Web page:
A polyaniline-loaded latex was formed as in Example 1, except that the imine chosen was N-{p-[p-(anilino)anilino]phenyl}-1,4-benzoquinone diimine. An 80-g portion of this polyaniline-loaded polymer dispersion was diluted to a weight of 340 g with water, and 2.70 mL of a 10% solution of phosphoric acid was added. The resulting polyaniline salt-loaded latex dispersion was coated onto a subbed polyester support. The water of the latex was removed by evaporation to give a coalesced film having a surface electrical resistivity of 9.3×106 ohm/sq and a dry coverage of the polyaniline component of 17 mg/ft2 of support.

EXAMPLE 5 (A) Preparation of a Polyaniline Salt-Loaded Latex

30.39 g of a 16.45% solids latex of poly(n-butyl methacrylate-co-vinylbenzyl chloride) (90/10) quaternized with trimethylamine was added 0.10 g of Igepal CO-730™ Surfactant, as a dispersing aid, and water to give a total weight of 200 g. To this latex was added a solution of 1.0 g of the polyaniline of Example 1 in 55 mL of acetone. The acetone was removed by rotary evaporation to produce a polyaniline-loaded latex. To 1.7 g of the imine-loaded latex dispersion were added 200 g of water, 3.8 mL of a 10% solution of phosphoric acid, and additional water for a total weight of 400 g. The result was a polyaniline salt-loaded latex.

(B) Coating of the Polyaniline Salt-Loaded Latex

The latex from step (A) was coated onto a subbed polyester support at a coverage of 10.8 mL/m2. The water was removed by evaporation to give a coalesced film having a surface electrical resistivity of 5×106 ohm/sq and a dry coverage of the polyaniline component of 17 mg/m2 of support. The integrated optical density in the 400-700 nm region was 0.015.

EXAMPLE 6

This is a comparative example.

A polyaniline salt-loaded latex was prepared according to the procedures set forth in Example 1. The latex used was a 5% by weight latex of poly(n-butyl acrylate-co-2-acrylamido-2-methylpropanesulfonic acid) (90/10), an anionically stabilized latex. The polyaniline was N-{p-[4-(p-methoxyanilino)anilino]phenyl}-1,4-benzoquinone imine which was introduced into the latex using a 0.5% by weight solution of the imine in acetone. To 40 g of this polyaniline-loaded latex were added 7.3 mL of a 2% phosphoric acid solution in water to form the polyaniline salt-loaded latex. This latex was coated onto a subbed polyester support and the water was removed by evaporation to give a coalesced film. The film had an electrical resistivity of 2.0×109 ohm/sq and a coverage of the polyaniline component of 16 mg/m2.

EXAMPLE 7

This is a comparative example.

A conductive coating was prepared using the polyaniline salt of Example 1 in a gelatin binder in the following manner: An amount of 400 mL of a 1% by weight gelatin solution was warmed to 40° C. and 4.0 mL of a solution containing 1% by weight Olin 10G™ surfactant and 0.76 g of 85% phosphoric acid were added. Then 25 mL of a solution containing 0.8 g of the polyaniline of Example 1 in acetone were added to the gelatin solution with strong agitation. The acetone was removed by rotary evaporation leaving a finely divided dispersion of the polyaniline salt in the gelatin solution. The polyaniline salt was not associated with the gelatin. This dispersion was coated on a suitable polyester support so as to produce a coverage of the polyaniline of about 28.6 mg/m2 of support. After drying, the layer had a resistivity of 5.3×108 ohm/sq. This example illustrates that conventional layers of polyaniline salt semiconductors, even when the semiconductor is coated at almost twice the coverage, do not exhibit the high conductivity of the layers of the present invention. Compare Example 1's coverage of 17 mg/m2 and resistivity of 2×106 ohm/sq with comparative Example 7's coverage of 28.6 mg/m2 and resistivity of 5.3×108 ohm/sq.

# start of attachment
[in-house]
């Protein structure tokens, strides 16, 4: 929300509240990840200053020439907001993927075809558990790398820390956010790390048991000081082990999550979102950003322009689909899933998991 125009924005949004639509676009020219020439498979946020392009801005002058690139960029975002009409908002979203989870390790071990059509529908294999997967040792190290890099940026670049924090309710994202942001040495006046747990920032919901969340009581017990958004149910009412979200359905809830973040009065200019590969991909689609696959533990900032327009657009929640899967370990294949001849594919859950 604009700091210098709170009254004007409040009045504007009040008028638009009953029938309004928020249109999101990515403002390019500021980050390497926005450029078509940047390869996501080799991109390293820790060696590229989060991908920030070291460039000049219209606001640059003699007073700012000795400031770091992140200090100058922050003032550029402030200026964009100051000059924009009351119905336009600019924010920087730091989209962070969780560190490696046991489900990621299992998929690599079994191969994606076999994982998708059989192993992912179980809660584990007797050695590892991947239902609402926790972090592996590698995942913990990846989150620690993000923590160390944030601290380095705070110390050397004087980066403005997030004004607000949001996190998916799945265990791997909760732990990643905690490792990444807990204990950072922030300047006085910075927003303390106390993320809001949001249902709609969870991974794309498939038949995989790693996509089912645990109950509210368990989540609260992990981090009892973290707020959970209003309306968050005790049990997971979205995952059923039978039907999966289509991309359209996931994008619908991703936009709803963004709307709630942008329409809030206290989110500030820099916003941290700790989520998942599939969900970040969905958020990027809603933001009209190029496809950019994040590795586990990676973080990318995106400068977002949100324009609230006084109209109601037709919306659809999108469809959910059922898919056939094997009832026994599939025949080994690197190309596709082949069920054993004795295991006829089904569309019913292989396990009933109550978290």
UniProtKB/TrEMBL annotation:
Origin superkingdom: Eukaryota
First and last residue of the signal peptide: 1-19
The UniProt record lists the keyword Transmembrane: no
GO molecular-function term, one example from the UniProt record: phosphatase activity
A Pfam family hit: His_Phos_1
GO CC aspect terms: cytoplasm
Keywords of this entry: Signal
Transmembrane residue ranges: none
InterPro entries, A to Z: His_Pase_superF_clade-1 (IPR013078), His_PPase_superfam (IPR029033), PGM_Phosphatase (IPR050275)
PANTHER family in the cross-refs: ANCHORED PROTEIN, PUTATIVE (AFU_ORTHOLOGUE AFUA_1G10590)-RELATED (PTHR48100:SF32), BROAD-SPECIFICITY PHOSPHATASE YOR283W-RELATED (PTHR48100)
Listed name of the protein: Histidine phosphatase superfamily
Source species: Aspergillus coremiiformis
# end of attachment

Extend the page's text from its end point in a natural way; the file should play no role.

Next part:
EXAMPLE 8

This is a comparative example.

A conductive coating was prepared using the polyaniline salt of Example 1 and the latex binder of Example 1, except that the polyaniline salt was not associated with the latex before coating and coalescing. The conductive layer was prepared in the following manner: To 180 mL of water containing 6.2 mL of 10% phosphoric acid and 0.1 g of Igepal CO-730™ surfactant were added 25 mL of an acetone solution containing 1.05 g of the polyaniline of Example 1 and 0.1 g of Igepal CO-630™. The addition was made with strong agitation. The acetone was removed from the resulting solution, resulting in a finely divided dispersion of the polyaniline salt semiconductor in water. To this dispersion were added 14.2 g of a 35% by weight solids dispersion of Witco Bond W-210™ latex. Under those conditions, no noticeable amount of semiconductor became associated with the latex; rather, a codispersion of semiconductor and latex was formed. This codispersion was coated on subbed polyester support and dried to form a coalesced layer having polyaniline coverage of 10.8 mg/m2 of support. This layer had a resistivity of 3.8×107. A layer coated from the loaded latex described in Example 1 was coated at the same coverage and had a resistivity of 3.5×106. When this comparison was repeated at a coverage of polyaniline of 5.4 mg/m2, resistance of the coating made from codispersion was 4.3×108 ohm/sq, more than an order of magnitude increase, while the coating made from the loaded latex increased by less than a factor of two to 6.3×106 ohm/sq.